• Regulatory and compliance track record: Non-submission, non-compliance to local regulation, lapse in AML, and local compliance systems etc.
  • History: Length of stay in a country and commitment to economic contribution
  • Ownership structure: Shareholding pattern
  • Onshore talent

This model should be utilised to promote a fast-track process for banks to obtain an ASEAN pass without subjecting qualified banks to stringent regulatory restrictions.

The final criteria should allow at least one bank from each ASEAN country to qualify for an ASEAN pass, rather than adopting a “wait until a comprehensive ASEAN pass emerges” approach. That’s because building banks that have regional stature and integrating financial infrastructure will precede regulatory harmony.

Alternatively, one form of phasing could allow some core countries, such as Singapore, Malaysia, Thailand, Indonesia and the Philippines, to grant a limited number of qualified banks with complete access to certain markets with no discrimination between local and foreign banks. That would mitigate “overpowering” the local banking system because it would force entrants to innovate to compete for customers and allow strong domestic banks to expand into other markets. Over time, as banks and financial systems strengthen, other banks and countries could join this framework.


1.3.2   Free Talent Mobility Overview

Talent mobility is an important element of financial services liberalisation. Several key banks in the ASEAN region have faced significant difficulty in hiring non-citizens for key positions within their firms. Regulatory restrictions on talent mobility may at times hamper the realisation of the AEC vision, because it restricts banks from accessing the best human capital that is available in the region.

In a heterogeneous labour market, there are bound to be skills gaps. It is essential to make use of the superior skills that are available in the region in order to build capacity and expand. There will be a tremendous need to train local talent and build the required competencies. Efforts should therefore be made to allow mobility and to promote knowledge transfer. The free movement of talent can bring the following benefits: Benefits of Talent Mobility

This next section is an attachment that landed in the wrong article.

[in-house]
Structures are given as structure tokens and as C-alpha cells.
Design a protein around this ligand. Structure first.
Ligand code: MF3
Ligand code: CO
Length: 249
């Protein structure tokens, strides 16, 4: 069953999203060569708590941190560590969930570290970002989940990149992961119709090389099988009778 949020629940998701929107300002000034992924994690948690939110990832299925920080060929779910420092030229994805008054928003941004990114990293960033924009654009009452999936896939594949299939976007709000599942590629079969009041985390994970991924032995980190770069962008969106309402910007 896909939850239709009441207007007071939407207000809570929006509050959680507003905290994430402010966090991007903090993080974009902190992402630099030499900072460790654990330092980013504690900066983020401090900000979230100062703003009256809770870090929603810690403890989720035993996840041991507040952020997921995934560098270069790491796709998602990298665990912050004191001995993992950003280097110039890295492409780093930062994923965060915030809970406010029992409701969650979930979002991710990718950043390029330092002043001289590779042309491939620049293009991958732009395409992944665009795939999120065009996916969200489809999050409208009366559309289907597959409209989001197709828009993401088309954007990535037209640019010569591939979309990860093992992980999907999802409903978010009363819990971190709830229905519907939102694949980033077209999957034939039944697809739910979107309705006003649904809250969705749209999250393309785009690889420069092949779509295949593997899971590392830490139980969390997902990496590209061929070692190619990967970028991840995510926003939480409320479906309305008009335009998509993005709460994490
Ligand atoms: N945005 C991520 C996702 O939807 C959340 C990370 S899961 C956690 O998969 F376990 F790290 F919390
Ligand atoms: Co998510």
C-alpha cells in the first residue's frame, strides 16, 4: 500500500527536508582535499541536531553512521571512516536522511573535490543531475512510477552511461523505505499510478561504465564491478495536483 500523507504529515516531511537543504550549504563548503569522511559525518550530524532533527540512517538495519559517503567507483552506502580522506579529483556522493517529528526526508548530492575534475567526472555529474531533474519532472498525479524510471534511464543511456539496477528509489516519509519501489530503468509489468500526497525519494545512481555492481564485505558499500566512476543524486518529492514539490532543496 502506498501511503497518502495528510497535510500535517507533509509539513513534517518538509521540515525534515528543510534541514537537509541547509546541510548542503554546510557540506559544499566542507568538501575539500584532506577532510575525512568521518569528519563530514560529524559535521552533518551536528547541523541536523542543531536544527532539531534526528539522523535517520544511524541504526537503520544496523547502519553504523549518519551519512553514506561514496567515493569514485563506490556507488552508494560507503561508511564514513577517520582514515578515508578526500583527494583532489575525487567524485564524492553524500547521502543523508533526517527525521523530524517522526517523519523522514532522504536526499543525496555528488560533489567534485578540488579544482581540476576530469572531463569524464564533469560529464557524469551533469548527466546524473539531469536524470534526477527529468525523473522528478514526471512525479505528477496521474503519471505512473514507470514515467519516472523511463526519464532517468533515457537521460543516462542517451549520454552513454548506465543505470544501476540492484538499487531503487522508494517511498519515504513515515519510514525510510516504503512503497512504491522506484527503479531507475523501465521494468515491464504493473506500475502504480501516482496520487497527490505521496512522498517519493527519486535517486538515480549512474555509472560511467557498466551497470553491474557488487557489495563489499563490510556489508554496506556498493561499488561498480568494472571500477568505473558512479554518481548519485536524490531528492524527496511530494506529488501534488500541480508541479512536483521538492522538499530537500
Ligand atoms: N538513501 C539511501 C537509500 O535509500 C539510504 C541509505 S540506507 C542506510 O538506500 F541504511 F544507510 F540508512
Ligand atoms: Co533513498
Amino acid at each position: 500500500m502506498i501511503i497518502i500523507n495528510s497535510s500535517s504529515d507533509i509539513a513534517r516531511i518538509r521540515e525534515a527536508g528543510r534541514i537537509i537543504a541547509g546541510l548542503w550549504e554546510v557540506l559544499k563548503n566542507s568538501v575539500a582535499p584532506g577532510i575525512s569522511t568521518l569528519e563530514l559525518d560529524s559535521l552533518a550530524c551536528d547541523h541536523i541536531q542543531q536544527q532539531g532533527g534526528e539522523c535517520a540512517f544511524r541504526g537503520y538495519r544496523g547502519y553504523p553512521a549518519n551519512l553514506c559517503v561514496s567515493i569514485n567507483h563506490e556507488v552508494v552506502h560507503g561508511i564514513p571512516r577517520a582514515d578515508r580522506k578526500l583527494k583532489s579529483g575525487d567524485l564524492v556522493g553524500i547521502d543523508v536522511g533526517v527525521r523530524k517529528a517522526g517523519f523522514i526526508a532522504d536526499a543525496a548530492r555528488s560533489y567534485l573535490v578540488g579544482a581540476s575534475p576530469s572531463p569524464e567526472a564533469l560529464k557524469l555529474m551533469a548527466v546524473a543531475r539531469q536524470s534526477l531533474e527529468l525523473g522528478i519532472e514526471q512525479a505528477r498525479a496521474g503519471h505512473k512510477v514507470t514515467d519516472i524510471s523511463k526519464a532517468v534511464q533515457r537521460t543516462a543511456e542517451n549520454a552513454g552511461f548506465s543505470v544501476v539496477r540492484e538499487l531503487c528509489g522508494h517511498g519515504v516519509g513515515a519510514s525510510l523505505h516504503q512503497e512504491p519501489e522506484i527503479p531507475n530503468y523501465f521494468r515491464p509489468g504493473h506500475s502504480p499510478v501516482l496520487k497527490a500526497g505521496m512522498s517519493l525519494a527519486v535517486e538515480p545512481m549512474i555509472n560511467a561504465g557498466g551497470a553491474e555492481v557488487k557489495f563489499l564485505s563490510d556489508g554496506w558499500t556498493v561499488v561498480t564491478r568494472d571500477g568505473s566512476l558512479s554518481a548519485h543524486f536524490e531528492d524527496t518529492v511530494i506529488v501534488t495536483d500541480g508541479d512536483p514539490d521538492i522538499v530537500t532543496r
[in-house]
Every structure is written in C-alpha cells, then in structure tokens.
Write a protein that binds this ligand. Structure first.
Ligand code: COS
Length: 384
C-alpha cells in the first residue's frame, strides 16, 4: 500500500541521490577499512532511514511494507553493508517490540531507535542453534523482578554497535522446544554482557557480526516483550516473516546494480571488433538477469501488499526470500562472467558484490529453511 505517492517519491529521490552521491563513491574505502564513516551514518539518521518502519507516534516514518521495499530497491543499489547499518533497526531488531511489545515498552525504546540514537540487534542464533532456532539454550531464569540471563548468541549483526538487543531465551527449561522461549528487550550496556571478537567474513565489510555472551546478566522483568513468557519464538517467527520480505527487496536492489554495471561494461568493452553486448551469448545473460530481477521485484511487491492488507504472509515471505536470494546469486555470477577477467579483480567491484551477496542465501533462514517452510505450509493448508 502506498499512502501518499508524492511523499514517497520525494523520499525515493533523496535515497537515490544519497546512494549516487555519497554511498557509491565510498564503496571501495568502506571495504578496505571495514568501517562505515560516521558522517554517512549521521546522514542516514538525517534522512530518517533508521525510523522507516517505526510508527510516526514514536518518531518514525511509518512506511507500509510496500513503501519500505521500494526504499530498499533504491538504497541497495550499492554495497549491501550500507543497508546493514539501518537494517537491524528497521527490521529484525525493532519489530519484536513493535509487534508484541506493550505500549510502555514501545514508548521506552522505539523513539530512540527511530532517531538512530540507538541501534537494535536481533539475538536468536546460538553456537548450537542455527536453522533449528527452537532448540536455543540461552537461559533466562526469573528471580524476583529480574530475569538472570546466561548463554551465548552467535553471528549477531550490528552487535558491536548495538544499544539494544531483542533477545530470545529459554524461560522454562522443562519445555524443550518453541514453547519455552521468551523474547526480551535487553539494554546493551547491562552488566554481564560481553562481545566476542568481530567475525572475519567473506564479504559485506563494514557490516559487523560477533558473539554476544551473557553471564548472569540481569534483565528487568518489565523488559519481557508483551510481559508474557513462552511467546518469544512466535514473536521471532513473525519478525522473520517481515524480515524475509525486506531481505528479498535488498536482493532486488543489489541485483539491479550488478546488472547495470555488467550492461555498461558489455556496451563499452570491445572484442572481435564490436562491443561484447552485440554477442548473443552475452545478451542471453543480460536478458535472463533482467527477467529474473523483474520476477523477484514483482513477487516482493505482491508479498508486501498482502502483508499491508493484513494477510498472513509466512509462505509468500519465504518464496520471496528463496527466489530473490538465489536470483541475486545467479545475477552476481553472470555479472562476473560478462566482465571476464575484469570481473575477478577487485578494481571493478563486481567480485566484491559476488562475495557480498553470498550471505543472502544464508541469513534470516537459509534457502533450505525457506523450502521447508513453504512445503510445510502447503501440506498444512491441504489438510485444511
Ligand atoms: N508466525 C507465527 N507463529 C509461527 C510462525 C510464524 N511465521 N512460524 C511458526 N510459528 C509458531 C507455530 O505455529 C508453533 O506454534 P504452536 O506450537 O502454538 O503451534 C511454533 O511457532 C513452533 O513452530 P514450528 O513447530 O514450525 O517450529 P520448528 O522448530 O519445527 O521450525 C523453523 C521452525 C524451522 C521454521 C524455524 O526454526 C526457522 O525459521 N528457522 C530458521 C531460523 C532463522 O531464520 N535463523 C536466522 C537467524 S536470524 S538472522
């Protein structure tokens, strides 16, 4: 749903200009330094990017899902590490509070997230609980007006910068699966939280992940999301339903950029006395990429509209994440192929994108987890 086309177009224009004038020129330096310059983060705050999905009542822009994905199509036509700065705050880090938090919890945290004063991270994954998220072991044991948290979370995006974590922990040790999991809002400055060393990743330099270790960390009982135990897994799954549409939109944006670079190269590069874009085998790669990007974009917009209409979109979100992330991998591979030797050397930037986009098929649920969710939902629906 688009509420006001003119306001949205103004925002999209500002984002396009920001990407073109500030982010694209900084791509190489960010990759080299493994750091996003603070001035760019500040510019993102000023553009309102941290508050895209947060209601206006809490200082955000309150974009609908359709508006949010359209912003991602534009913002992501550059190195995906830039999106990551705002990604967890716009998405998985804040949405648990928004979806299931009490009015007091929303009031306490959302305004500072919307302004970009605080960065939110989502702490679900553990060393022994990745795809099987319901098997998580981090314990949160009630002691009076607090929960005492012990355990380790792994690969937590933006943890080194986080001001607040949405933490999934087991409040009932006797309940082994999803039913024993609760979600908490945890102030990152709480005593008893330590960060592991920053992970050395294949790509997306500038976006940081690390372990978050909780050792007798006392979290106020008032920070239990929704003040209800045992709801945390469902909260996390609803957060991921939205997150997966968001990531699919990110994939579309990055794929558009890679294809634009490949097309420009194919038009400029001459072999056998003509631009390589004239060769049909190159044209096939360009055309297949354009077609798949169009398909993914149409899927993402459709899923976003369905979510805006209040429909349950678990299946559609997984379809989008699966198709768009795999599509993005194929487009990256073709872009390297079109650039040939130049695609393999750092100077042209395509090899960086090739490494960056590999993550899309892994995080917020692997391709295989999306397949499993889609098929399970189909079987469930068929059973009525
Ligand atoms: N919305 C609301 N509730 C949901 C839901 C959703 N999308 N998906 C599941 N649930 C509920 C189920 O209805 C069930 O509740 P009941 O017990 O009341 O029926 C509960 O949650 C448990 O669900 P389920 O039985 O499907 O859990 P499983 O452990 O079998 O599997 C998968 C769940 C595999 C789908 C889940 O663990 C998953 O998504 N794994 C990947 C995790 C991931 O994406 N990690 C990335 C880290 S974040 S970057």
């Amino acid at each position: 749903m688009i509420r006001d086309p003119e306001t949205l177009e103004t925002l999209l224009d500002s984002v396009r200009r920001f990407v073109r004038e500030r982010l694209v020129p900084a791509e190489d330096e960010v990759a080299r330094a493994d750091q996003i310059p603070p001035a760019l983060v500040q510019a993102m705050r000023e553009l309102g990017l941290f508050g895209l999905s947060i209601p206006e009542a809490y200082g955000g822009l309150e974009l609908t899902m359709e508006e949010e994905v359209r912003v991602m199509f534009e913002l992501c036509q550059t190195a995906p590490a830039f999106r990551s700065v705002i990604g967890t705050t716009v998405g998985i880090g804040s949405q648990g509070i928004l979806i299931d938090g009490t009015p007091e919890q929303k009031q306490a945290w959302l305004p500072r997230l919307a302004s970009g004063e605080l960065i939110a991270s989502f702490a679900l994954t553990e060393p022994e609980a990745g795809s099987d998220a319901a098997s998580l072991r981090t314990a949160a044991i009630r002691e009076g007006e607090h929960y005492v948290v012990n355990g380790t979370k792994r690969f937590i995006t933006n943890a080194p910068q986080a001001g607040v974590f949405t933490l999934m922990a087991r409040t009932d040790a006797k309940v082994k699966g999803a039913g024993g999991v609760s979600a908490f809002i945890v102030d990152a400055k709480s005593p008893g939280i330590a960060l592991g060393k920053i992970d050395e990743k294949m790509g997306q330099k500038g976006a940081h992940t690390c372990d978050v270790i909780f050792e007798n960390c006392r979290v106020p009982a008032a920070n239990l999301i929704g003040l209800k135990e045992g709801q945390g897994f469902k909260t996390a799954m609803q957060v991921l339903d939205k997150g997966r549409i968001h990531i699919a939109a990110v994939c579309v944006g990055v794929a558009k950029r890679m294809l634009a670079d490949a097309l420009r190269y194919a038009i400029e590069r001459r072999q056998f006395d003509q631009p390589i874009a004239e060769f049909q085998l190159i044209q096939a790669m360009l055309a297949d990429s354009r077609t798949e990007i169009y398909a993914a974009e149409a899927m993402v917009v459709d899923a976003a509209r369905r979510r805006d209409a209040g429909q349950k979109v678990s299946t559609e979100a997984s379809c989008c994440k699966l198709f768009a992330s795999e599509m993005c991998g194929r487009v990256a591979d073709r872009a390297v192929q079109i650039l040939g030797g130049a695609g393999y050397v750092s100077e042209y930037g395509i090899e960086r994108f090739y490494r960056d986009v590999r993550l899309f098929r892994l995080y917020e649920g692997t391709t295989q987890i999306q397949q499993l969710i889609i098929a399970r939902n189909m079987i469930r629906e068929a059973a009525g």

By accessing a regional/global talent pool (either by hiring and/or transfer of people with respective expertise) a bank can:

  • Introduce a broader and deeper product set faster and more effectively. Customers gain better service, faster access, and well-developed products only when banks are able to scale up, improve their technology and innovation, and offer a variety of popular/tailored global products in the local market. To execute this, banks need to hire local, regional, and global talent and/or transfer talent with the required capabilities into new markets to help build up those businesses. When it comes to more-sophisticated models and products, talent is usually the limiting factor.
  • Foster Innovation. Recent banking innovations have been coming from emerging-market countries. Transfer of business model innovations can help them reap economies of scale on investments made in intellectual property, systems, and capabilities.
  • Result in Economic growth. Talent will be deployed where it can create most economic value. For example, there are several markets in the Euro region with high unemployment (e.g. Spain), while the demand for talent in others (e.g. Germany) is high. Talent mobility helps bridge the gap between the supply (Spain) and demand (Germany) to a point where growth is lifted. The way forward

The ASEAN region must develop a self-sustaining ecosystem that puts plans and programs in place to address skills gaps before they become critical. Given the complexity of regional language needs, differences in standards of education, and the long timeframes over which interventions occur, getting the right degree of coordination and long-term investment is crucial.

Overcoming these barriers and increasing mobility requires a number of initiatives among organisations and policy makers. Here’s how these changes could be phased in over time.

  1.  Short-to-medium term
    Fill the skills gap by forging a simple regional visa policy

To meet the current talent crunch in ASEAN FS, a special quota that is pre-approved for banks, and based on key criteria (such as minimum years of presence in a country) would be a useful stop-gap and should be accompanied with a fast-track process for key FS roles.

Streamlining and simplifying processes to secure work permits, removing national visa barriers, and even developing one regional work permit could help bridge skills gaps and grow competencies on a local level. The European Union, for instance, established a Blue Card scheme to attract highly-skilled migrants from outside the region. The Blue Card provides a two-year single work and residency permit across member states. Supporting actions include a streamlined and centralised visa application process and a travel permit to member countries for the holder and his or her family.